Gelfand, A.E., A.M. Schmidt, S. Wu, J.A. Silander, Jr., A. M. Latimer and A.G. Rebelo (2005). Modelling species diversity through species level hierarchical modeling. Journal of the Royal Statistical Society, Section C Applied Statistics (in press). [pdf]

Latimer, A.M., J.A. Silander, Jr., A.E. Gelfand, A.G. Rebelo and D.M. Richardson (2004). Comparing land use impacts using hierarchical models: a case study in the CFR. South African Journal of Science 100:81-86. [pdf]

Comments to the EPA on the status of Ferric Ferrocyanide as a Toxic Pollutant under the Clean Water Act (January 2001). Office of the Attorney General of Massachusetts. Submitted by Division Chief James R. Milkey, Deputy Division Chief William Pardee and AAG Andrew Latimer.

Report on Control over Land Use at the Massachusetts Military Reservation (1998). Office of the Attorney General of Massachusetts. Principal authors and contacts Section Chief Milkey and AAG Latimer.

Recent Presentations/Conferences:

Invited speaker and participant, NSF Workshop: Data-Model Assimilation in Ecology: Techniques and Applications (October 2007). Follow this link to pictures and program.

Invited participant, Colloquium on Climate change and biodiversity in Megadiverse Ecosystems, Perth, Australia (September 2007).

Ecological Society of America Annual Meeting (August 2007). "Linking changing climate, productivity, and fire in the Cape Floristic Region."

Ecological Society of America Annual Meeting (August 2007). "Diversity and Distribution Limits in South African Plants."

Invited seminar, Departments of Zoology and Botany, University of Cape Town, May 2006.

"Neutral ecological theory and diversity patterns." Invited seminar, March 2006, Montana State University Departments of Plant Sciences, Ecology, and Land Resources and Environmental Science.

Best Poster, Ecological Section, Botanical Society of America meeting (2005) for "Predicting the next woody invasives in New England: A model-based approach to identifying future threats". Martine, Christopher, Patrick M. Herron, Andrew M. Latimer, Stacey A. Leicht and Eric S. Mosher.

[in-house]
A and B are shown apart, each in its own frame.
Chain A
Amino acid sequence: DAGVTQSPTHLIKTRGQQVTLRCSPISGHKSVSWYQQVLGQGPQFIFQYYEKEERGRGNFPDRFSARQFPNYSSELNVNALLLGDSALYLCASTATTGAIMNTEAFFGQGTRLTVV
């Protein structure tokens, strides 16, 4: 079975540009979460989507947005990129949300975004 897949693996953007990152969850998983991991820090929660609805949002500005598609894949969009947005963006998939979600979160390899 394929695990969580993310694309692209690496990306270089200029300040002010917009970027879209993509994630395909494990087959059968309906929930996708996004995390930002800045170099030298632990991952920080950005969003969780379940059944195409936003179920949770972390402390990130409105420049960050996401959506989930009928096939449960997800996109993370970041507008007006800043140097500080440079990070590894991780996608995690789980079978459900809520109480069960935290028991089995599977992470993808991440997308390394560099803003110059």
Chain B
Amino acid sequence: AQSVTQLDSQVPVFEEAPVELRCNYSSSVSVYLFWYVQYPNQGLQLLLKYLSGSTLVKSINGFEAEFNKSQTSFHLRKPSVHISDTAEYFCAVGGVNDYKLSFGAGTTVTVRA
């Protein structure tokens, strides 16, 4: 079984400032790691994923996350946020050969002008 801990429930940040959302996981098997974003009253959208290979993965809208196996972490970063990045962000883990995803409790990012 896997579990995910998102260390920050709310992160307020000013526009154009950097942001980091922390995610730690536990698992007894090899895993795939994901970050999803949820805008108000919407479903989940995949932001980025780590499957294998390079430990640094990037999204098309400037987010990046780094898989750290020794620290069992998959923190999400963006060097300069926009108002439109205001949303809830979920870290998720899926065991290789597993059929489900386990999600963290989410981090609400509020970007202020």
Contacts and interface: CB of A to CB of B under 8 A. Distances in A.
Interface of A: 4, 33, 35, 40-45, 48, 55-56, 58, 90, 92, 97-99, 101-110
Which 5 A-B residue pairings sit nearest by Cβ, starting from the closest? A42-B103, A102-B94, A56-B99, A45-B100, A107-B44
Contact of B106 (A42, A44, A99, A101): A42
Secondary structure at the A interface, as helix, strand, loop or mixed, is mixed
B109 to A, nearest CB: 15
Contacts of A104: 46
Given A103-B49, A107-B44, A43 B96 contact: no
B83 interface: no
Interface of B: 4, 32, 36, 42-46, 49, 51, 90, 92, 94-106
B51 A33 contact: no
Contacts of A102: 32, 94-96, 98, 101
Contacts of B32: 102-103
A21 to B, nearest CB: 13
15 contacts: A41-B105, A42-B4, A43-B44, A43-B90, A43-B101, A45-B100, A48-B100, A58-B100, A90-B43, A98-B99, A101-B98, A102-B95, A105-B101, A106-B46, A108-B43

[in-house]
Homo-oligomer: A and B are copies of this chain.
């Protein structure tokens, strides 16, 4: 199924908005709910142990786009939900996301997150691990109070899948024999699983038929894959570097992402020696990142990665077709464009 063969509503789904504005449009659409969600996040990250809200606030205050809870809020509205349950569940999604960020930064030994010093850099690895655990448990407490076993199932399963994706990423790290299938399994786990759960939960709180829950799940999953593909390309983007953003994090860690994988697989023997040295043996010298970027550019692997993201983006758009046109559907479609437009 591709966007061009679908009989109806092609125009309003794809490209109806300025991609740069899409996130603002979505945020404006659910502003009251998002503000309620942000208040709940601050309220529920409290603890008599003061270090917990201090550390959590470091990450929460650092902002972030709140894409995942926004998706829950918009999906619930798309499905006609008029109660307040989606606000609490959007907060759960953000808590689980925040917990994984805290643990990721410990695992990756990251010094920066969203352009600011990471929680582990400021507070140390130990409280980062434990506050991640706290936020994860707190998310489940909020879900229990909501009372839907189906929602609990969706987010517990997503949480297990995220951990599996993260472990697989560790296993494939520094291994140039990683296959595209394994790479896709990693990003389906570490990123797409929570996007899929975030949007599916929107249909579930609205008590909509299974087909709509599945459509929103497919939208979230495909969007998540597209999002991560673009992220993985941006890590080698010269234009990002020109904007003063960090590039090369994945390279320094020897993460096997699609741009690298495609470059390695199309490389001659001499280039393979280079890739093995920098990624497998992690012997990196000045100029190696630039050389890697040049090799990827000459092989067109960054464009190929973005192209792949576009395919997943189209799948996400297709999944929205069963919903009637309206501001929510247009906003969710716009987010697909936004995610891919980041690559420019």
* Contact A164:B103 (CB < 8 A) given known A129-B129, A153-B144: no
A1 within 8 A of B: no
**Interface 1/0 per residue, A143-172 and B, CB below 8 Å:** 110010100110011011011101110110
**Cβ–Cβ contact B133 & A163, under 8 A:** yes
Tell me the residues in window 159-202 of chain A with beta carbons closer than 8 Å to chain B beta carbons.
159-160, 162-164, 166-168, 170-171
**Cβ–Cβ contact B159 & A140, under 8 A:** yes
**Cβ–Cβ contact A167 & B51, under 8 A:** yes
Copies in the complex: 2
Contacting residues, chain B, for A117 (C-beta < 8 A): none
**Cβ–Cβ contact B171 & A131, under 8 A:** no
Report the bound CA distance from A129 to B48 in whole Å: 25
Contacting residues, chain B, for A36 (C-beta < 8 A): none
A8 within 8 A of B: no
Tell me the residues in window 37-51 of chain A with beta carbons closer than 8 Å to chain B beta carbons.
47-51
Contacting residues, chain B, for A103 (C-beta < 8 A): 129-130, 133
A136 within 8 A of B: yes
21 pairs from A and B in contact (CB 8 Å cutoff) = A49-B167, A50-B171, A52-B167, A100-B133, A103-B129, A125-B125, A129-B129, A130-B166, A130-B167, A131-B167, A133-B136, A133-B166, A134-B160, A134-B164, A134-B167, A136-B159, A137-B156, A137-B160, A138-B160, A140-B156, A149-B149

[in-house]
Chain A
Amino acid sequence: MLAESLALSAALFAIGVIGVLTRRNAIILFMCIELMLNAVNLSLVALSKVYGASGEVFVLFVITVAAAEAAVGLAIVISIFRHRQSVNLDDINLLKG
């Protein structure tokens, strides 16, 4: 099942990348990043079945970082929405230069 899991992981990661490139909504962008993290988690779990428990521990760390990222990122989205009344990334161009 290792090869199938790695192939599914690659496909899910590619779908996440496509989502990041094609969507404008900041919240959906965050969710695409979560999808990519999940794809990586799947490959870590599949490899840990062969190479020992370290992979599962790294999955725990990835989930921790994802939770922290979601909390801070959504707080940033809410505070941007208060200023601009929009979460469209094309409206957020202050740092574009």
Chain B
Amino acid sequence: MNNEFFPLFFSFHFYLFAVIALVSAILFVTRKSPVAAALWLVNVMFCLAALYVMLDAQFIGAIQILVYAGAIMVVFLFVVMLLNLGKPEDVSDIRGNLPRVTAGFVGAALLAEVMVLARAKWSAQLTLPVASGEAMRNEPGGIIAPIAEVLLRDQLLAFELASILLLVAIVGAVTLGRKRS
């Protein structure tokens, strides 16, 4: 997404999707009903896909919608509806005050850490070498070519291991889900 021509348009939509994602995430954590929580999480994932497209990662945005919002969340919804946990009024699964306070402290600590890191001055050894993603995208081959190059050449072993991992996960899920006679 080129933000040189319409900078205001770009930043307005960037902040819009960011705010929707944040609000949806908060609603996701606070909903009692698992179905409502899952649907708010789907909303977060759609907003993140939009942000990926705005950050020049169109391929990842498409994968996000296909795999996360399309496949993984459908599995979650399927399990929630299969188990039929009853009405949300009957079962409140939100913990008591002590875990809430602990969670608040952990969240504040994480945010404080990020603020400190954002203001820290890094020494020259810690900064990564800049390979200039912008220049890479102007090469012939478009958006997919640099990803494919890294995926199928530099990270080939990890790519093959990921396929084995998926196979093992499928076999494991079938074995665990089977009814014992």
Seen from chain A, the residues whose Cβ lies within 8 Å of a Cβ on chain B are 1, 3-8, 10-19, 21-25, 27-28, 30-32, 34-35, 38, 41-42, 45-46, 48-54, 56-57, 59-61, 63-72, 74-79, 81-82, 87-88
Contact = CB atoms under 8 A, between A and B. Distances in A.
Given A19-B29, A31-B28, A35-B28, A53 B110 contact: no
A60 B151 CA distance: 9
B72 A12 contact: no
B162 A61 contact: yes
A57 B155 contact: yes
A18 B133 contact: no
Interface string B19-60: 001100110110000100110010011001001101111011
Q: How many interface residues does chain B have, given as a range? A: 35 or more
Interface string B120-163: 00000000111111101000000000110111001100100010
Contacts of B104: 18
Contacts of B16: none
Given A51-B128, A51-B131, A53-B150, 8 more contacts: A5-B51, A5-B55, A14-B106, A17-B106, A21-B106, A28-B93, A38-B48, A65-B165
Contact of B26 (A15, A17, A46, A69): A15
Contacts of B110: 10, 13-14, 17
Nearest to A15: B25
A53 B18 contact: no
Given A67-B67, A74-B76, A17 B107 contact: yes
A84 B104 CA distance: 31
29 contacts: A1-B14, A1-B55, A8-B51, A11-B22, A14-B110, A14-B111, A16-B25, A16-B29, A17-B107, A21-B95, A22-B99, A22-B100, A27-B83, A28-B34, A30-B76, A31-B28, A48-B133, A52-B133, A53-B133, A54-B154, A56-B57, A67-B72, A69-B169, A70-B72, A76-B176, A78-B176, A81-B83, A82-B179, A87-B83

"Uncertainty and Variability in Ecological Inference, Forecasting, and Decision Making: An Introduction to Modern Statistical Computation." Participant, Summer Institute 2004 at Duke University's Center on Global Change.

"Exploring species distributions using hierarchical regression models." Andrew M. Latimer, John A. Silander, Jr., Alan E. Gelfand, Shanshan Wu, Anthony G. Rebelo, Richard M. Cowling and Henri Laurie. Southern Connections 2004. Cape Town, South Africa. January 2004.

Teaching:

Seminar in Bayesian Hierarchical Modeling. Co-leading graduate seminar on Bayesian modeling methods in WinBUGS and R.

Seminar in Law and Ecology. Developed and co-taught joint EEB/Law School course on the role of ecological science in natural resource decision making. Course included law students and ecology graduates and advanced undergraduates. We focused on case studies in forestry and fishery regulation, and looking also at national and international endangered species protection.

Faculty member for UConn Summer Faculty Workshop in Forensic Genetics, July 2005 and June 2006. Presented lecture and computing exercise: "Microsatellite applications in biodiversity."

Teaching Assistant, Constitutional Law, Yale Law School 1994-1995.

Code:

    Spatial Modeling
    Lab exercise implementing simple spatial and non-spatial models for species distributions in WinBUGS, with example data sets (WinBUGS .odc format).

   Meta-analysis

    OpenBUGS code for Bayesian hierarchical models to assess the strength of MTE predictions across multiple data sets.

Links:

Protea Atlas Project

Department of Environment and Conservation of Western Australia